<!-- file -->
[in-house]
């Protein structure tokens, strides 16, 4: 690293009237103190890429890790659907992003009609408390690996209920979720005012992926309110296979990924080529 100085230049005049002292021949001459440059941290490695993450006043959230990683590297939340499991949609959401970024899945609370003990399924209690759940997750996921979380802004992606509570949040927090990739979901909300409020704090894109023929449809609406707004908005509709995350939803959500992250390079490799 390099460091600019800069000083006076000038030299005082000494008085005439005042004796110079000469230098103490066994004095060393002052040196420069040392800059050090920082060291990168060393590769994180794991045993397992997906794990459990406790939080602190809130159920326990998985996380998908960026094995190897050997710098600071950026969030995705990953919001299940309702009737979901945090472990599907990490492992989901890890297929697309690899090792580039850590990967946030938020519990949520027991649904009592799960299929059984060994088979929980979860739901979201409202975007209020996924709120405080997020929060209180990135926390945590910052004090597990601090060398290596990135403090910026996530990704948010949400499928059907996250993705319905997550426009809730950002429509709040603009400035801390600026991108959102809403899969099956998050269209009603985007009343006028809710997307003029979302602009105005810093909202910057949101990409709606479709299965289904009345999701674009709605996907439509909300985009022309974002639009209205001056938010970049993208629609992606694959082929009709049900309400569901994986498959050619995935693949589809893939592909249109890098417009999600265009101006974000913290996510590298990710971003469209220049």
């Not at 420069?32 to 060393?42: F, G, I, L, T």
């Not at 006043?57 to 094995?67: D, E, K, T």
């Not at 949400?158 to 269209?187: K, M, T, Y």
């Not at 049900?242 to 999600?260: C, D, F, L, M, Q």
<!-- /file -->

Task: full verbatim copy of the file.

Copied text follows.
[in-house]
């Protein structure tokens, strides 16, 4: 690293009237103190890429890790659907992003009609408390690996209920979720005012992926309110296979990924080529 100085230049005049002292021949001459440059941290490695993450006043959230990683590297939340499991949609959401970024899945609370003990399924209690759940997750996921979380802004992606509570949040927090990739979901909300409020704090894109023929449809609406707004908005509709995350939803959500992250390079490799 390099460091600019800069000083006076000038030299005082000494008085005439005042004796110079000469230098103490066994004095060393002052040196420069040392800059050090920082060291990168060393590769994180794991045993397992997906794990459990406790939080602190809130159920326990998985996380998908960026094995190897050997710098600071950026969030995705990953919001299940309702009737979901945090472990599907990490492992989901890890297929697309690899090792580039850590990967946030938020519990949520027991649904009592799960299929059984060994088979929980979860739901979201409202975007209020996924709120405080997020929060209180990135926390945590910052004090597990601090060398290596990135403090910026996530990704948010949400499928059907996250993705319905997550426009809730950002429509709040603009400035801390600026991108959102809403899969099956998050269209009603985007009343006028809710997307003029979302602009105005810093909202910057949101990409709606479709299965289904009345999701674009709605996907439509909300985009022309974002639009209205001056938010970049993208629609992606694959082929009709049900309400569901994986498959050619995935693949589809893939592909249109890098417009999600265009101006974000913290996510590298990710971003469209220049």
């Not at 420069?32 to 060393?42: F, G, I, L, T």
């Not at 006043?57 to 094995?67: D, E, K, T």
């Not at 949400?158 to 269209?187: K, M, T, Y």
């Not at 049900?242 to 999600?260: C, D, F, L, M, Q």